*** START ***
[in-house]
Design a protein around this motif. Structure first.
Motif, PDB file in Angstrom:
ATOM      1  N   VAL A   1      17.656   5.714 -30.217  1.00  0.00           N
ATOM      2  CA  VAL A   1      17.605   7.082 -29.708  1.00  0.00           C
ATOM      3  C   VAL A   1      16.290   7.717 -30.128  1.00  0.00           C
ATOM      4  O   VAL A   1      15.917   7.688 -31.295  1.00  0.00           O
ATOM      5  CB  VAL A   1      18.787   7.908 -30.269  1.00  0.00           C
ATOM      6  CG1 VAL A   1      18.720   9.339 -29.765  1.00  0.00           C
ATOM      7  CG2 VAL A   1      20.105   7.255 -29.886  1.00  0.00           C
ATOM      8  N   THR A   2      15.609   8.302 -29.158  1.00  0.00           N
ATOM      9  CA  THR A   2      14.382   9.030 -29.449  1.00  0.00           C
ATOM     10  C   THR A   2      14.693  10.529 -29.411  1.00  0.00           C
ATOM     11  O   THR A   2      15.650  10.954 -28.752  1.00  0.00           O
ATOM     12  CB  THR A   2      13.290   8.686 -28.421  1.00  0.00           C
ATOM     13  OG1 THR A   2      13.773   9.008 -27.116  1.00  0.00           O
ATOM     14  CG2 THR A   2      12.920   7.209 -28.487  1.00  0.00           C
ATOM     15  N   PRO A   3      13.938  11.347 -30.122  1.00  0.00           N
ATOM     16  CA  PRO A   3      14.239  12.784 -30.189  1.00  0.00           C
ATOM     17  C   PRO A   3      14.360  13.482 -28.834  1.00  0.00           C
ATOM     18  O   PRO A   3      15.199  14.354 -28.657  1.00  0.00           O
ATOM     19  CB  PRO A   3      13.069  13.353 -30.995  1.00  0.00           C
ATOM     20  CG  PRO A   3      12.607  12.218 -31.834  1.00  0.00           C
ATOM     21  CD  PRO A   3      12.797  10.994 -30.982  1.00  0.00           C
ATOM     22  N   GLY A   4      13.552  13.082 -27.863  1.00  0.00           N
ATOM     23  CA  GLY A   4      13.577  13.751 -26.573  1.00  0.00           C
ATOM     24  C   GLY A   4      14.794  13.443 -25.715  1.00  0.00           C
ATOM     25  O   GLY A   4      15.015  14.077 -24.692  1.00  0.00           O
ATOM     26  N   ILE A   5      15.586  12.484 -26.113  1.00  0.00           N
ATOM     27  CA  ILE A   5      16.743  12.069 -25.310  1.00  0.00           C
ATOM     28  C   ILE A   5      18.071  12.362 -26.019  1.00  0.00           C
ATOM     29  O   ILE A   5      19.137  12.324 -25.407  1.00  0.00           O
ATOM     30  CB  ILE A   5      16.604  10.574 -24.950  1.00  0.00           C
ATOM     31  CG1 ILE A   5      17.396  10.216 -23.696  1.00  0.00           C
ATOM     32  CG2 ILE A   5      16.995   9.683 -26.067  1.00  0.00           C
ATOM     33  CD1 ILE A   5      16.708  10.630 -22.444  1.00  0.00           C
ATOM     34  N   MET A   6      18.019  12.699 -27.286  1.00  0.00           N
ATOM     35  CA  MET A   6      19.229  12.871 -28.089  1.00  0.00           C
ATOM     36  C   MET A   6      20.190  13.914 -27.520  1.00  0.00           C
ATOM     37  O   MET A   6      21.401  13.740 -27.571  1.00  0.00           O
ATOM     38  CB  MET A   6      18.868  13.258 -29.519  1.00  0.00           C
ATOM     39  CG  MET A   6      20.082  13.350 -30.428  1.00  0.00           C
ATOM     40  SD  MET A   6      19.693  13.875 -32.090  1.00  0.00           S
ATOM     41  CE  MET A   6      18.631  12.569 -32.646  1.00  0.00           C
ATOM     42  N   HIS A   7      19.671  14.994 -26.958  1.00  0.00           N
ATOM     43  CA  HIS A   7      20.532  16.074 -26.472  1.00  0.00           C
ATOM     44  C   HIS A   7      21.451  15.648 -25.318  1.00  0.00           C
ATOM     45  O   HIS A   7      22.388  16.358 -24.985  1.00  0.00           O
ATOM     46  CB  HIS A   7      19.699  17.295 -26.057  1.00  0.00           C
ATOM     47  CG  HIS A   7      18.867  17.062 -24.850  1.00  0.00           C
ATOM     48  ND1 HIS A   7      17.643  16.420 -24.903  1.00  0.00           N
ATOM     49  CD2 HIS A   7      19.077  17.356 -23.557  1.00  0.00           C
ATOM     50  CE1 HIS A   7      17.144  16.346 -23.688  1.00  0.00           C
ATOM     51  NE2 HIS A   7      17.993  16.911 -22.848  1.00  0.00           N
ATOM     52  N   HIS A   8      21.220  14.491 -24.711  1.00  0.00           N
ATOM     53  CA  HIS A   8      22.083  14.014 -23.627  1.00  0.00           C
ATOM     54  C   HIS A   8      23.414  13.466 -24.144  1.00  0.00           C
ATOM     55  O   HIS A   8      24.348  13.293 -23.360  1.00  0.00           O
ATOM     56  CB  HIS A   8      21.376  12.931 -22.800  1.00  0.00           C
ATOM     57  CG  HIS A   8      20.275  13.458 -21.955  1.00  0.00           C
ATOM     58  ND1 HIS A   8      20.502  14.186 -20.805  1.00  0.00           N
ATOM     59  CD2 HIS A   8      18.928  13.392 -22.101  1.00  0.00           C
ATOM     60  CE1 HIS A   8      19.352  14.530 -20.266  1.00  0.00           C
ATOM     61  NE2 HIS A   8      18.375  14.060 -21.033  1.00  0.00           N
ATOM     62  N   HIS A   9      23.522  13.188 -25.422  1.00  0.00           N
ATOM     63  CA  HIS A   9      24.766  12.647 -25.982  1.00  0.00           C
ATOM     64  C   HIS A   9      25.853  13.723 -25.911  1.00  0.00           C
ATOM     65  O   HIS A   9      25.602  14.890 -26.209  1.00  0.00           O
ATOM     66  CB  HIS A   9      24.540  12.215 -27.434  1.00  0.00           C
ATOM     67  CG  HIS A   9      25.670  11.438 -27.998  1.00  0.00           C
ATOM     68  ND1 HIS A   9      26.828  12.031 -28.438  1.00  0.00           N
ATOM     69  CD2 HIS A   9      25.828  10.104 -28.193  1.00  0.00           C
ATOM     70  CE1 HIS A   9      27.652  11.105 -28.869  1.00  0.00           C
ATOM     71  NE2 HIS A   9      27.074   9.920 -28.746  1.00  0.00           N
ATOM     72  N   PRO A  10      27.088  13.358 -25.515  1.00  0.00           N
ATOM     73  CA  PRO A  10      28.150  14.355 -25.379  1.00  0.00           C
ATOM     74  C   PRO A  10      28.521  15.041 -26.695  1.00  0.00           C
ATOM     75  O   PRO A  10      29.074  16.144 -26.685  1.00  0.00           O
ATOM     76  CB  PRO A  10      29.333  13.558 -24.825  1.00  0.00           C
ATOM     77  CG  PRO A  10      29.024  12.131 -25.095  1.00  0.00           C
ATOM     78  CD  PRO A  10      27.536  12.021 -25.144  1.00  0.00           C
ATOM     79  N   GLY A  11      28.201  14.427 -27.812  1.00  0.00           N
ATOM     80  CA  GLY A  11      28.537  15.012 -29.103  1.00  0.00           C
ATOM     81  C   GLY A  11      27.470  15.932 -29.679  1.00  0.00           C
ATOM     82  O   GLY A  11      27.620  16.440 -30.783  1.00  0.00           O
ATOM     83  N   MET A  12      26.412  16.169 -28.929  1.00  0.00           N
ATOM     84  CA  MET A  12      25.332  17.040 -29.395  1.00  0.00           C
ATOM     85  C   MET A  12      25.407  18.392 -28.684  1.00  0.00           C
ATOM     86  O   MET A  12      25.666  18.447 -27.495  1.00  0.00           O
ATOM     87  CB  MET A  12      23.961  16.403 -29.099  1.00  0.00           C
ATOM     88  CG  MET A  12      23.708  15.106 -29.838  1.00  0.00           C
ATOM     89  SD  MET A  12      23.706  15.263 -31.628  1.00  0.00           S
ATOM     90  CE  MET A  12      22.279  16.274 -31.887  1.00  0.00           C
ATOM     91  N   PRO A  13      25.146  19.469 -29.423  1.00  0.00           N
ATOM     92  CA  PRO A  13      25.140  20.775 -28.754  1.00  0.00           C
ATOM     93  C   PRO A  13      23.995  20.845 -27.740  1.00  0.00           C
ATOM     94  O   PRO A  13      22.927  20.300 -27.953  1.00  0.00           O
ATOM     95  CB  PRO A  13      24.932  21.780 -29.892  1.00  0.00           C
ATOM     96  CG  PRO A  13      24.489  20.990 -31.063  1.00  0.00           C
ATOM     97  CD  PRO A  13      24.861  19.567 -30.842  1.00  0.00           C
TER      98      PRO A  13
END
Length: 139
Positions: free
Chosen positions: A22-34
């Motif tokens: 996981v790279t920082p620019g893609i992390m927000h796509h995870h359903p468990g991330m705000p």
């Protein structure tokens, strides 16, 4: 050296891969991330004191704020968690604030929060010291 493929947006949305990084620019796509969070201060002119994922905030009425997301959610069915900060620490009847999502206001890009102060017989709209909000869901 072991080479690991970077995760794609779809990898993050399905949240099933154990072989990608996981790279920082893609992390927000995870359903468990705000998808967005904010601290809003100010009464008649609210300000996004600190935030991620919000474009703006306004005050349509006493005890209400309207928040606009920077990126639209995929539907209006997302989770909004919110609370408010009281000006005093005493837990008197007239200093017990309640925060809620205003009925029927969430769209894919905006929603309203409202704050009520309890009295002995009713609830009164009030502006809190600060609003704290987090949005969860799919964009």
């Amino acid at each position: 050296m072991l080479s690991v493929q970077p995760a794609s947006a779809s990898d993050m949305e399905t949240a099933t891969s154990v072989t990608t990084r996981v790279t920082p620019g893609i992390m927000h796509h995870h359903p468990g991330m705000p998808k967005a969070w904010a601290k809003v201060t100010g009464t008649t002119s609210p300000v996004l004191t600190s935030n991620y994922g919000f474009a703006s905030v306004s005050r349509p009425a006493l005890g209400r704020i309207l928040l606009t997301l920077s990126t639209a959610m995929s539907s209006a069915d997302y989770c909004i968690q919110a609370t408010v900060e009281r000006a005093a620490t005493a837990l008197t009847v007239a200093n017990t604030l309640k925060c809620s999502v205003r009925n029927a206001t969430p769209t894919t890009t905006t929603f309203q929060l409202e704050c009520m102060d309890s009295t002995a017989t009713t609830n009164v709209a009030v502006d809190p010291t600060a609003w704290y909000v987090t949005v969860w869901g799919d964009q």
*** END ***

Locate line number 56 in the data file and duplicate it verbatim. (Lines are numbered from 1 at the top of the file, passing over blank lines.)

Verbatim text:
ATOM     53  CA  HIS A   8      22.083  14.014 -23.627  1.00  0.00           C